Why the Scottish City of Dundee is Worth a Visit

Recent additions here include Slessor Gardens and Japanese architect Kengo Kuma’s outpost of the Victoria and Albert Museum, V&A Dundee, whose angular shape and louvered facade were inspired by the cliffs of Scotland’s northeast coast.

The cliff-inspired V&a Dundee juts out into the Firth of Tay from reclaimed land.

“Dundee’s setting is probably more extraordinary than any other city in the U.K. It is about as ideal—ludicrously ideal—as any setting could be.” So said comedian and actor Stephen Fry, who once spent six years as a university rector in the Scottish port city.

Perched on the flanks of an extinct volcano beside the broad, silvery waters of the Firth of Tay, Dundee has been quietly reinventing itself since its industrial heyday as the center of the global jute industry. Former textile mills now host young entrepreneurs and design collectives, while the historic waterfront is being transformed to the tune of US$1.3 billion.

Recent additions here include Slessor Gardens and Japanese architect Kengo Kuma’s outpost of the Victoria and Albert Museum, V&A Dundee, whose angular shape and louvered facade were inspired by the cliffs of Scotland’s northeast coast. Opening on September 15, it will be the first U.K. design museum outside of London.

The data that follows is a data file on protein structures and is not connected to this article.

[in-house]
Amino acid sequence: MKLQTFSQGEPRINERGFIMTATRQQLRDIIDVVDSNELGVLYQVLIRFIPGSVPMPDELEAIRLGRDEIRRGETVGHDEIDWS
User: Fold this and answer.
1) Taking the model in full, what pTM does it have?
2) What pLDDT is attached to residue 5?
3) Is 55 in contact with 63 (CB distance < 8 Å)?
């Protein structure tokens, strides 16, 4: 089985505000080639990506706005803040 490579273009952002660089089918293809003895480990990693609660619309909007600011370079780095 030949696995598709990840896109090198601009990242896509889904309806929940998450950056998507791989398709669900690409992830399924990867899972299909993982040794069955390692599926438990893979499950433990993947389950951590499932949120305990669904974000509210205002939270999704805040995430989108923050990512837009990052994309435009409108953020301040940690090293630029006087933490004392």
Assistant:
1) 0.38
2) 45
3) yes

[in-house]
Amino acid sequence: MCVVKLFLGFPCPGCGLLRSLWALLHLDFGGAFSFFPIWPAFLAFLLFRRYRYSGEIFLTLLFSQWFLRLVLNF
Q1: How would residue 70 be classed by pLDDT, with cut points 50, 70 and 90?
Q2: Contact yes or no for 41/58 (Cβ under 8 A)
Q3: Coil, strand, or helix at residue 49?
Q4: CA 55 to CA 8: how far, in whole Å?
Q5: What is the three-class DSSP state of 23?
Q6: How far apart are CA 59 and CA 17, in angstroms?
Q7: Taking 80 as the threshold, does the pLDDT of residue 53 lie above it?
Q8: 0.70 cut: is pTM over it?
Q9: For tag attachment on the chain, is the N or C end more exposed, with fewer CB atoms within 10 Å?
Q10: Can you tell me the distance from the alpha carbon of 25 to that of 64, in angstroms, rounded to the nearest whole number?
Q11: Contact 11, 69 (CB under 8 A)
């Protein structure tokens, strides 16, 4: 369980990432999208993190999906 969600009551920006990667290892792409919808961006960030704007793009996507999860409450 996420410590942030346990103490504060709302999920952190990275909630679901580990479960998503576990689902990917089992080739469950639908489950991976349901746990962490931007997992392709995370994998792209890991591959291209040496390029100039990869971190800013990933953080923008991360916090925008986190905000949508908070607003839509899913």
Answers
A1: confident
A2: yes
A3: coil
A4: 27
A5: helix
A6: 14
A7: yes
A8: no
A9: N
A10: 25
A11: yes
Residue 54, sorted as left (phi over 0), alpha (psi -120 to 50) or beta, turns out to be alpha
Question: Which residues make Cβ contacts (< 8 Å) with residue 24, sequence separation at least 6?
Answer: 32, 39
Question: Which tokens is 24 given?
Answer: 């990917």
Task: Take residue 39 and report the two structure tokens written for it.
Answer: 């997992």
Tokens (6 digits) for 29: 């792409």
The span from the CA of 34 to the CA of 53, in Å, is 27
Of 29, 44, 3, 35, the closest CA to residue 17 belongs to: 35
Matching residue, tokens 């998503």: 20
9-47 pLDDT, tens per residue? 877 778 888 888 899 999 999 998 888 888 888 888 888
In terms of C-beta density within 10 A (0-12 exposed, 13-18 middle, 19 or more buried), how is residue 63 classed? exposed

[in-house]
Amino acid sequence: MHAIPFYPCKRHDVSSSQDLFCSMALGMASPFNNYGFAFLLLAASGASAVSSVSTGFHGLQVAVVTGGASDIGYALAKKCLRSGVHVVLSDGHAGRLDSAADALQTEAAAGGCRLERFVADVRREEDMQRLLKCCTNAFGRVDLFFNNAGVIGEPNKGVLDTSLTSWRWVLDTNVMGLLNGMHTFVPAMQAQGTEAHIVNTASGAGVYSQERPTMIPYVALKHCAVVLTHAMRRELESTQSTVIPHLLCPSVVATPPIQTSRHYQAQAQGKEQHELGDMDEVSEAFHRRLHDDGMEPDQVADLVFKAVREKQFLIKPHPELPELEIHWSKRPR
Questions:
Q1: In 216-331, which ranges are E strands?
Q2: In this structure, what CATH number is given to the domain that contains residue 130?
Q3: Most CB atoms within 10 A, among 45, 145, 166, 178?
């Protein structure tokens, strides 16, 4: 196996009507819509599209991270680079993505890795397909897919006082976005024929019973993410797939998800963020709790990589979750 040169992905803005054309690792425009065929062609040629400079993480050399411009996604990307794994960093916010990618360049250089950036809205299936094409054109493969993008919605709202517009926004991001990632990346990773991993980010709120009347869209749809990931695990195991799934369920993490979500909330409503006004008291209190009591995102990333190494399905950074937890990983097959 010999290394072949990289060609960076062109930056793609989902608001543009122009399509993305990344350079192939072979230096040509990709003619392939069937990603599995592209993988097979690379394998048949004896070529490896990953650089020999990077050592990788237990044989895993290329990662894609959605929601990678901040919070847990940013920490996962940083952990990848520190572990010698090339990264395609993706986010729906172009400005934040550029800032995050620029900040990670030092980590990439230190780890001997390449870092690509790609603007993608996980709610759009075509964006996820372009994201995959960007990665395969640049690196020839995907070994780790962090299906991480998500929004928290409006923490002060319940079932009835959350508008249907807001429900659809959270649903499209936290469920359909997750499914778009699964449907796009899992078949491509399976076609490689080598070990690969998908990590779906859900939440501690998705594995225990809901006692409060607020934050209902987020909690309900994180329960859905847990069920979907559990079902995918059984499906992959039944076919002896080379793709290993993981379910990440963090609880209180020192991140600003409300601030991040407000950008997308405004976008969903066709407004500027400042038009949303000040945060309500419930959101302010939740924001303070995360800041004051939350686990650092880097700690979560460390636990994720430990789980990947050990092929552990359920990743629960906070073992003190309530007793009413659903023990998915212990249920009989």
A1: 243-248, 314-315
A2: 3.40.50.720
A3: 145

Getting There

Dundee is roughly 90 minutes by train from both Glasgow and Edinburgh, which are served by regular flights from London aboard British Airways.

Where to Stay

Just 100 meters from the riverfront, Malmaison Dundee (44-1382/339-715; doubles from US$92) has 91 rooms and suites—along with a chic brasserie—inside a refurbished heritage building.

What Else?

For an insight into the darker side of local history, join the hour-long walking tours with Dark Dundee, which cover topics ranging from Viking raids and body snatching to local legends and crimes of passion.

This article originally appeared in the August/September 2018 print issue of DestinAsian magazine (“Scottish Sojourn”).

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